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Art Of Over The Garden Wall (Book) Review

Go Over the Garden Wall in Dark Horse Comics’ new art book based on the excellent cartoon.

Over The Garden Wall is a delightful and refreshing animated miniseries. It aired on Cartoon Network as a Halloween special in 2014. The show’s unique characters, plot, music direction and antique inspired art led to critical acclaim. Now revisit the Unknown and all its mysteries in a gorgeous art book detailing the process that led to the show’s success!


In The Art Of Over The Garden Wall you will discover (show creator) Patrick McHale’s journey. From his initial pitch of The Tome Of The Unknown to the Cartoon Network in 2006 to the final reveal of Over The Garden Wall in 2014- it’s all right here.


Art Of Over The Garden Wall is quite a wordy read. There is so much textual content along with visuals it feels like reading an illustrated book at points. Most of it is very interesting from a production and influential point of view but it can be tiring.

The full pages of text are intimidating and will drag the flow down to a crawl. It sacrifices pacing for heaps of background knowledge. Expect to see the perspectives from multiple people such as Nick Cross (art director), Amalia Levari (story), Pendleton Ward (story) and McHale himself.

Pilot vs Show

Reading about Over The Garden Wall’s conception was odd.

Here is a show you watched, but a good portion in the book is devoted to something you’ve never heard about or seen before. By that, I mean The Tome Of The Unknown.

A lot of the show was quite different to what it finally became. Here though, you can read about how execs and colleagues shaped and directed the final story overall.

Initial designs of the major characters in the show are present here for the first time as well: Wirt, Gregory, R. Bliss, Beatrice, The Woodsman and The Beast.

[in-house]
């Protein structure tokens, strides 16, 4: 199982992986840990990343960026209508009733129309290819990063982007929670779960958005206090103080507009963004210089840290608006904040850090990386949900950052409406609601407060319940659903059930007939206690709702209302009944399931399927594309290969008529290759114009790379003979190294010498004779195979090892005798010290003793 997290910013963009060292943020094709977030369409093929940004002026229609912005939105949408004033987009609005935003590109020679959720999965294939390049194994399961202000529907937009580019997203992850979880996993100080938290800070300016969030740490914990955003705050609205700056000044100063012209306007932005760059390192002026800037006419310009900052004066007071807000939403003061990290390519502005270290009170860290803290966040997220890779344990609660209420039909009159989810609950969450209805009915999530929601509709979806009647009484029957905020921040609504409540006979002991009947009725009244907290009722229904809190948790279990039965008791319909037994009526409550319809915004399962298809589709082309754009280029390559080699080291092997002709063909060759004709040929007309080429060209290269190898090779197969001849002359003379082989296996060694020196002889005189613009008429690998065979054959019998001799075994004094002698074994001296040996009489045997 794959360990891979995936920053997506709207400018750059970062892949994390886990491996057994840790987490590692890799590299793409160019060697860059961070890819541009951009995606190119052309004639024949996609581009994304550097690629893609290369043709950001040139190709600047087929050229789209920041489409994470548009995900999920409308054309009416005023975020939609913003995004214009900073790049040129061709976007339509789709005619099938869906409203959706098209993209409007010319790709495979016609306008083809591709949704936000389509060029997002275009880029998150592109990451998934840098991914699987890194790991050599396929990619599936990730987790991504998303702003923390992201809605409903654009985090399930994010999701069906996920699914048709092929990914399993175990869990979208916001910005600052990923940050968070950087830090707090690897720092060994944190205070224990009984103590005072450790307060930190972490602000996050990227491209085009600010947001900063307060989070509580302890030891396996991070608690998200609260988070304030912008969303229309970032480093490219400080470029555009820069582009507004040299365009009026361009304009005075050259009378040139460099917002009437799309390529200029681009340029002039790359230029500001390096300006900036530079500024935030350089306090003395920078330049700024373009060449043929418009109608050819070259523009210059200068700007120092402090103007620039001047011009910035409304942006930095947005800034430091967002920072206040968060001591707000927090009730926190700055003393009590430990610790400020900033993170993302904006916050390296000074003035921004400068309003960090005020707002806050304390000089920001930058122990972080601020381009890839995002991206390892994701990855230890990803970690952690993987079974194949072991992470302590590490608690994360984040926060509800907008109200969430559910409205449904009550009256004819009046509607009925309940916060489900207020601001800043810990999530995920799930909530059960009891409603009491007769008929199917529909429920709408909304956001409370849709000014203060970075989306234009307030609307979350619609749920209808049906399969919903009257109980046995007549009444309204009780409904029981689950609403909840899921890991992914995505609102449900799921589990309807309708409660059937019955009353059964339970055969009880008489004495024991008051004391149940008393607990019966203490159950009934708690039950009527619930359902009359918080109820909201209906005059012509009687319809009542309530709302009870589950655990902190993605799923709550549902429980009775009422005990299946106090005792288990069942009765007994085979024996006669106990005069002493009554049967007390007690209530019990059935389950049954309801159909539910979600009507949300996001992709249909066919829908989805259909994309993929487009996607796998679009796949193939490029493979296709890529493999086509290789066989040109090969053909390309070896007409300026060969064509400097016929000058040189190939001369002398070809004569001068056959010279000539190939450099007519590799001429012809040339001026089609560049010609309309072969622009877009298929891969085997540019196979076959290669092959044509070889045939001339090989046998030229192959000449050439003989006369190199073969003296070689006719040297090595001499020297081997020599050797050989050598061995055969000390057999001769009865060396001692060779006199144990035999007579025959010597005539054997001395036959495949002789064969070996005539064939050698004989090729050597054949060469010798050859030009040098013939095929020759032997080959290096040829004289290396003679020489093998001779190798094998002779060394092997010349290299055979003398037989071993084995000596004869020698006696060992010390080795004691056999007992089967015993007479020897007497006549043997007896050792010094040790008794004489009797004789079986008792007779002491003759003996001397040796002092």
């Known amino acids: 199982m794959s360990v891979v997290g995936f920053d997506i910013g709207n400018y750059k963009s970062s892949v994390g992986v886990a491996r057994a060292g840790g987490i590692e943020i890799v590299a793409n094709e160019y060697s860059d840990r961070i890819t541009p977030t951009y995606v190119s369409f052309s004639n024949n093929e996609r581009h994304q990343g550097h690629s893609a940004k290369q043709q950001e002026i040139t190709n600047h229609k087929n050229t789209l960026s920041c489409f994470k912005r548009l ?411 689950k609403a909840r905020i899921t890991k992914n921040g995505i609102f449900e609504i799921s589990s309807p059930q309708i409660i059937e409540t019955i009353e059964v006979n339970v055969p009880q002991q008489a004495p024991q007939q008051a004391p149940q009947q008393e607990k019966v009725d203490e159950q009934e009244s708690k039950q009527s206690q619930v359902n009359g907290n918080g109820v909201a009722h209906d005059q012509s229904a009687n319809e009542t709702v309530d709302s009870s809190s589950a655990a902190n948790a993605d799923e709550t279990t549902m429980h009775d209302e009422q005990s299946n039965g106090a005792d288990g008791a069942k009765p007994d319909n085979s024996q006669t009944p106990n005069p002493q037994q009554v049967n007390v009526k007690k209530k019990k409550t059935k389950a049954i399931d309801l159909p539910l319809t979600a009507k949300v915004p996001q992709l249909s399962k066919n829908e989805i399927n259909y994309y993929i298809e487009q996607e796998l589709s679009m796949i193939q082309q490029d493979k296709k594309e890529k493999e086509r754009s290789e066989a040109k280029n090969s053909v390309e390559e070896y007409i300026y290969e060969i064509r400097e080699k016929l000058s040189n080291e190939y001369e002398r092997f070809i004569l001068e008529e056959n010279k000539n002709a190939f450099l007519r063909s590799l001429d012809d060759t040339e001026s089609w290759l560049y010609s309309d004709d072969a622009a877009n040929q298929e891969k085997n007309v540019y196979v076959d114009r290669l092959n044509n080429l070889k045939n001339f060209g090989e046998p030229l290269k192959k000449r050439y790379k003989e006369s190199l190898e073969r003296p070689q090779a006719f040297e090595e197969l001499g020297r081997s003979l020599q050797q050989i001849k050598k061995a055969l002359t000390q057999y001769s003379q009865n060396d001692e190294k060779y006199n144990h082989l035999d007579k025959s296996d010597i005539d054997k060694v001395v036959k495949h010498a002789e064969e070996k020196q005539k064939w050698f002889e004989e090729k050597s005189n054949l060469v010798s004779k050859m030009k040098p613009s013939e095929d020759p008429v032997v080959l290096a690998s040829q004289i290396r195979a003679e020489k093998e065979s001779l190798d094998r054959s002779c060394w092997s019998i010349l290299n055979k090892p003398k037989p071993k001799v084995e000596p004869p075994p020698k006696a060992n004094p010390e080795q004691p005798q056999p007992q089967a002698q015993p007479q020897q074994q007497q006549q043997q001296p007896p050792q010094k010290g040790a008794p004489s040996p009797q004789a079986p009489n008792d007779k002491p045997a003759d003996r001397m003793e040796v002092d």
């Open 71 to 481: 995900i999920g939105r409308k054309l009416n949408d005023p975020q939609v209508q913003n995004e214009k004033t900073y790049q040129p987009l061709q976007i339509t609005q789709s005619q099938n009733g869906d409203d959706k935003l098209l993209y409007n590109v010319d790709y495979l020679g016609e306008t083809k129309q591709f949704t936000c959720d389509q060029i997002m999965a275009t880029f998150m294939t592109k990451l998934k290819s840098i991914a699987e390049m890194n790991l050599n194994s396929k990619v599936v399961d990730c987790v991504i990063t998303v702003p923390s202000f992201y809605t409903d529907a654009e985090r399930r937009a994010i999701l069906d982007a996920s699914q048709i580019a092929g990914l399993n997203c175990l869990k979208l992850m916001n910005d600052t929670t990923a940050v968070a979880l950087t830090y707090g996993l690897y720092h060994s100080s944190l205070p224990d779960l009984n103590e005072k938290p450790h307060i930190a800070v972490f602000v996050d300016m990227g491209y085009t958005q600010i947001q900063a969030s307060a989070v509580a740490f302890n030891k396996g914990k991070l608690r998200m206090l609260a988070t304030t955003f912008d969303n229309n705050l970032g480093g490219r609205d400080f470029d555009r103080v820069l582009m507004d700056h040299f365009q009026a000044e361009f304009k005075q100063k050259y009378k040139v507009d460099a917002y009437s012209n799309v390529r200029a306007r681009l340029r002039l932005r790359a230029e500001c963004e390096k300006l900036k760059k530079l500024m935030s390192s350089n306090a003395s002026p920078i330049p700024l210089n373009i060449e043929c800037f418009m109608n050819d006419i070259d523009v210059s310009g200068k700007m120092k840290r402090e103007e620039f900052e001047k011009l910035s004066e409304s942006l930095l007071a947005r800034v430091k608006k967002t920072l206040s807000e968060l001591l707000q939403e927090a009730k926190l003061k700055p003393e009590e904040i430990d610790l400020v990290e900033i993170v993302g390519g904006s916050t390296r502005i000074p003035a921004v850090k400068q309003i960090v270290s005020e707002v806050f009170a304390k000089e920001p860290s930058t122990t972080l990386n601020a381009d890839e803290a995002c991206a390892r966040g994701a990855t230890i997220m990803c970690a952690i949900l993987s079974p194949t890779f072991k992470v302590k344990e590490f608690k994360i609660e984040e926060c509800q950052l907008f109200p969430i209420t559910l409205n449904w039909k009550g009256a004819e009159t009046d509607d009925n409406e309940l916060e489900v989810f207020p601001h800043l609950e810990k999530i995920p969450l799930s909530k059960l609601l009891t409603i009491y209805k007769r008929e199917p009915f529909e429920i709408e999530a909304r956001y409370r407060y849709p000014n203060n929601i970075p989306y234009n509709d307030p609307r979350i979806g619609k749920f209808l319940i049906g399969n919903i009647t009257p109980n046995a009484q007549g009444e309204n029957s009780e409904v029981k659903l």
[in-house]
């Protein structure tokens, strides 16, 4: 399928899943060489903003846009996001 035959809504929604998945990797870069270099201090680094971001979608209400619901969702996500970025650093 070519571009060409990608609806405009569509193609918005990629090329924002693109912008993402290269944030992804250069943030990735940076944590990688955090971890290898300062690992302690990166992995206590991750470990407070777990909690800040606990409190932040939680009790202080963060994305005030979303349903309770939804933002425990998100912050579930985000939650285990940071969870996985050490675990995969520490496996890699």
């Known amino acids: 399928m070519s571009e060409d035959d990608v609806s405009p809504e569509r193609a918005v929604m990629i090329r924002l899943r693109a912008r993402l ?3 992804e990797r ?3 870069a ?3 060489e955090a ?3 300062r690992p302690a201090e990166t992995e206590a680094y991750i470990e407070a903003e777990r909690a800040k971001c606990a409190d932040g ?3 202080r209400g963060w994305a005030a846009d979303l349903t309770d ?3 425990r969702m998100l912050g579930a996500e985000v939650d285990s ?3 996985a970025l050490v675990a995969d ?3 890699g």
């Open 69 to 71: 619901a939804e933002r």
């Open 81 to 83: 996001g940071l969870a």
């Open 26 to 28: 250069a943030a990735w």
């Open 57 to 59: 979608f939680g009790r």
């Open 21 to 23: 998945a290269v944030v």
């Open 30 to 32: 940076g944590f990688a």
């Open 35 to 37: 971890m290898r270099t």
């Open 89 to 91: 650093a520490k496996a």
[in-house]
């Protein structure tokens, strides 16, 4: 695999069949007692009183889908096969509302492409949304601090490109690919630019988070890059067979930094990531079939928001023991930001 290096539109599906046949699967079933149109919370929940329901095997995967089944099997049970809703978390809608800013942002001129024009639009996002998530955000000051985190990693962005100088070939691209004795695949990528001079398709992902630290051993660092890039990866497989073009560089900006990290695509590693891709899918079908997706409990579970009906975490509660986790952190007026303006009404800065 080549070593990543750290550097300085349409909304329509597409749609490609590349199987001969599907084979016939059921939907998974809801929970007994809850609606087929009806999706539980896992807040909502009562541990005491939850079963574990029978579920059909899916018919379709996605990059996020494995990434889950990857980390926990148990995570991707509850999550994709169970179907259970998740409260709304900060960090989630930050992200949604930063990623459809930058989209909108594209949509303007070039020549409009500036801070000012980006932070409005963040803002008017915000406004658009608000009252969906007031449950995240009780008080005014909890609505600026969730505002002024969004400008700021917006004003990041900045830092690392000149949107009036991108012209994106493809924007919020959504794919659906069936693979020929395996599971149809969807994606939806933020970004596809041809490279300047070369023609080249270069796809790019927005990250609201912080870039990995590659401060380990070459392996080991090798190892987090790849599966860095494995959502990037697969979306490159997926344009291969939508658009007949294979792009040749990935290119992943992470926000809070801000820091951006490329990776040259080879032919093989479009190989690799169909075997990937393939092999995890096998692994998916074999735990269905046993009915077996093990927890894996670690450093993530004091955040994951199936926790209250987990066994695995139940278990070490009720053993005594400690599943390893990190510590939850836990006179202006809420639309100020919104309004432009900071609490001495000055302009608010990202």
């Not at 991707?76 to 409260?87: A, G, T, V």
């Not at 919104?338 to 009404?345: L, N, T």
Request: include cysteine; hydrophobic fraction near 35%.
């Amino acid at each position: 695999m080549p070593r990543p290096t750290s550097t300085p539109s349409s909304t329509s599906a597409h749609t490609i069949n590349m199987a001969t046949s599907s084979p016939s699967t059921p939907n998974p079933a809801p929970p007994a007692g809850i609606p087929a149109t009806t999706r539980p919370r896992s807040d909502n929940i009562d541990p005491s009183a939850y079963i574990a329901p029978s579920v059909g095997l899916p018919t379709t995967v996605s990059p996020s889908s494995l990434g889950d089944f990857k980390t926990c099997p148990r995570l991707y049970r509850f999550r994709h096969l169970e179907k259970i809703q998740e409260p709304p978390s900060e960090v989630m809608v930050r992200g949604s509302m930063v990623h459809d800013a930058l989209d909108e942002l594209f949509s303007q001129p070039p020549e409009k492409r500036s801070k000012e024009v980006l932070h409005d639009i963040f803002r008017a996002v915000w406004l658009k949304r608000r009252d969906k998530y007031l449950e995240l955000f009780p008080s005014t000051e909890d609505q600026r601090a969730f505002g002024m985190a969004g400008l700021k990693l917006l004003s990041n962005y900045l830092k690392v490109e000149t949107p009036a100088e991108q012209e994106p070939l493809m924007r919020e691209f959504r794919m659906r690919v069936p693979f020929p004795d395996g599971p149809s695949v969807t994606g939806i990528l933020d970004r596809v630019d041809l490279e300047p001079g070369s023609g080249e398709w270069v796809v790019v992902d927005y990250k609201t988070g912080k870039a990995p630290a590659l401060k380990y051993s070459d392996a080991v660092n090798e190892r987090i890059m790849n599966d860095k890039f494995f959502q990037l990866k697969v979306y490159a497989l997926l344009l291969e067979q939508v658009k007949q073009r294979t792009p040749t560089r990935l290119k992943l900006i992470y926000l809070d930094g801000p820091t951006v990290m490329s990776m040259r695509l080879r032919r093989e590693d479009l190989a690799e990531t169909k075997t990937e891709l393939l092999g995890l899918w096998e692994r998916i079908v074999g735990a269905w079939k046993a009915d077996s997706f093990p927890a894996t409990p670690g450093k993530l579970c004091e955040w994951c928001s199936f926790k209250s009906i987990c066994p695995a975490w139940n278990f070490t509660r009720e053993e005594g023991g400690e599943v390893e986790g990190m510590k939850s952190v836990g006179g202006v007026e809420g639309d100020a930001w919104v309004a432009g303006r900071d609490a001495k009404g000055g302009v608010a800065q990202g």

After talking about its initial conception, the book organizes art by the episode. Each episode is varied and different, requiring more or less design work. The overarching plot is shown intertwining with the episodes and how initial storyboards needed to be redone due to a crucial design change of The Beast.


The end of the book is devoted to smaller aspects of the show such as the music design (including vinyl covers), comics and the crew’s own inspirational objects.



The book has wonderful double page spreads everywhere with notes (from all sorts of different people as mentioned above) on just about everything. The backgrounds of the show seem to be the focus of the book. A majority of production concerns and passion went about creating the atmosphere of Over the Garden Wall and maintaining an antiquated style.

The backgrounds needed to balance realism and simplicity for them to actually be able to be viable in the show: both from a production and a thematic point of view.


Character design sheets, poses, outfits, lighting considerations, expressions, recommendations and storyboards are all featured in the Art Of Over The Garden Wall. Dozens of discarded ideas and prototypes are present throughout the book.

As you read, it will become more and more apparent that the show had a lot of potential thrown in. Many ideas had to be scrapped or changed. Experts and artists new to the industry were recruited to help on the show.

I liked this aspect of the art quite a bit – old expertise mixed with fresh ideas and gaining the best of both to be as creative as possible.

Over the Garden Wall
Release date: September 13th, 2017
Format: Art book
Publisher: Dark Horse Comics
Written by: Sean Edgar, Patrick McHale

Art Of Over The Garden Wall

Character Art - 80%
Background Art - 95%
Concept Art - 90%
Readability - 65%



Art Of Over The Garden Wall is a lengthy read. It will take you longer to read the book than watch the whole show, but all the gorgeous backdrops and the cute commentary make it worth it.

User Rating: 4.7 ( 1 votes)

About Megan Humphreys

Megan here! I am pretty well versed in all things weaboo and geek. I've loved videogames since I was born and even made my own for my 3rd year of Multimedia at the University of Pretoria in sunny South Africa. I have enjoyed anime from the days when Pokemon was considered satanic and Aniplex used to exist on DSTV. In the past couple years I have really gotten into manga, particularly Berserk to see where the story headed after the original anime. If there's one thing I will always love 110% it is cats. Don't doubt my faith in my love for felines.

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